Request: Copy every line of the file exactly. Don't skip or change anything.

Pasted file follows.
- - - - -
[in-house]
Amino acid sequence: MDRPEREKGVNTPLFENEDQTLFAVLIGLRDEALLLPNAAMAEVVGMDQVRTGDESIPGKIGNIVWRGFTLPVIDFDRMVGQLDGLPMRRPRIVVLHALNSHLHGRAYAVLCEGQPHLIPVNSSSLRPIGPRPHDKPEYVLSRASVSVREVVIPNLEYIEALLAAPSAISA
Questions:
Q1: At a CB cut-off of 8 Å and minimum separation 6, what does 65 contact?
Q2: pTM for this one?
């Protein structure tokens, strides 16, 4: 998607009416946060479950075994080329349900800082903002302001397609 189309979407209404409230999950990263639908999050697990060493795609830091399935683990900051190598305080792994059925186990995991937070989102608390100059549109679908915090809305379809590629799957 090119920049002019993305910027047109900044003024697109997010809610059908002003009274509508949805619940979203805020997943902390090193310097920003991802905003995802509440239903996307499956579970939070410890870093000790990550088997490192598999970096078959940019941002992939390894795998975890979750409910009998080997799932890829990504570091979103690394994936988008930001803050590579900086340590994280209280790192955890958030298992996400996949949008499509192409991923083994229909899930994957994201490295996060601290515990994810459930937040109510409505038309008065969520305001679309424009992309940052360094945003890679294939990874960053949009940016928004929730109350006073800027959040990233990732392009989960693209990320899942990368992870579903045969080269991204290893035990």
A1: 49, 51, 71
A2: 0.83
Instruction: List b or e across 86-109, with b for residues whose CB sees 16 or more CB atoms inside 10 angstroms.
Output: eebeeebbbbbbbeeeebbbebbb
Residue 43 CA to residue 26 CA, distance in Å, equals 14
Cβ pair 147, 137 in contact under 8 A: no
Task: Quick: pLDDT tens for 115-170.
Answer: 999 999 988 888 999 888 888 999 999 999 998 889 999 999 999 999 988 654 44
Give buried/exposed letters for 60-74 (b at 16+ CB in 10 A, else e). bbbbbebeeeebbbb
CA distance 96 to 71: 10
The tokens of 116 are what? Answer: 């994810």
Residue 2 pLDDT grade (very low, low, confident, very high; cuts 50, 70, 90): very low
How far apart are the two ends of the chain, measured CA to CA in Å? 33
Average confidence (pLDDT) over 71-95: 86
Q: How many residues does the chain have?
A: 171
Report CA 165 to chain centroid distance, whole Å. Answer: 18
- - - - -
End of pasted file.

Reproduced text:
[in-house]
Amino acid sequence: MDRPEREKGVNTPLFENEDQTLFAVLIGLRDEALLLPNAAMAEVVGMDQVRTGDESIPGKIGNIVWRGFTLPVIDFDRMVGQLDGLPMRRPRIVVLHALNSHLHGRAYAVLCEGQPHLIPVNSSSLRPIGPRPHDKPEYVLSRASVSVREVVIPNLEYIEALLAAPSAISA
Questions:
Q1: At a CB cut-off of 8 Å and minimum separation 6, what does 65 contact?
Q2: pTM for this one?
């Protein structure tokens, strides 16, 4: 998607009416946060479950075994080329349900800082903002302001397609 189309979407209404409230999950990263639908999050697990060493795609830091399935683990900051190598305080792994059925186990995991937070989102608390100059549109679908915090809305379809590629799957 090119920049002019993305910027047109900044003024697109997010809610059908002003009274509508949805619940979203805020997943902390090193310097920003991802905003995802509440239903996307499956579970939070410890870093000790990550088997490192598999970096078959940019941002992939390894795998975890979750409910009998080997799932890829990504570091979103690394994936988008930001803050590579900086340590994280209280790192955890958030298992996400996949949008499509192409991923083994229909899930994957994201490295996060601290515990994810459930937040109510409505038309008065969520305001679309424009992309940052360094945003890679294939990874960053949009940016928004929730109350006073800027959040990233990732392009989960693209990320899942990368992870579903045969080269991204290893035990």
A1: 49, 51, 71
A2: 0.83
Instruction: List b or e across 86-109, with b for residues whose CB sees 16 or more CB atoms inside 10 angstroms.
Output: eebeeebbbbbbbeeeebbbebbb
Residue 43 CA to residue 26 CA, distance in Å, equals 14
Cβ pair 147, 137 in contact under 8 A: no
Task: Quick: pLDDT tens for 115-170.
Answer: 999 999 988 888 999 888 888 999 999 999 998 889 999 999 999 999 988 654 44
Give buried/exposed letters for 60-74 (b at 16+ CB in 10 A, else e). bbbbbebeeeebbbb
CA distance 96 to 71: 10
The tokens of 116 are what? Answer: 């994810």
Residue 2 pLDDT grade (very low, low, confident, very high; cuts 50, 70, 90): very low
How far apart are the two ends of the chain, measured CA to CA in Å? 33
Average confidence (pLDDT) over 71-95: 86
Q: How many residues does the chain have?
A: 171
Report CA 165 to chain centroid distance, whole Å. Answer: 18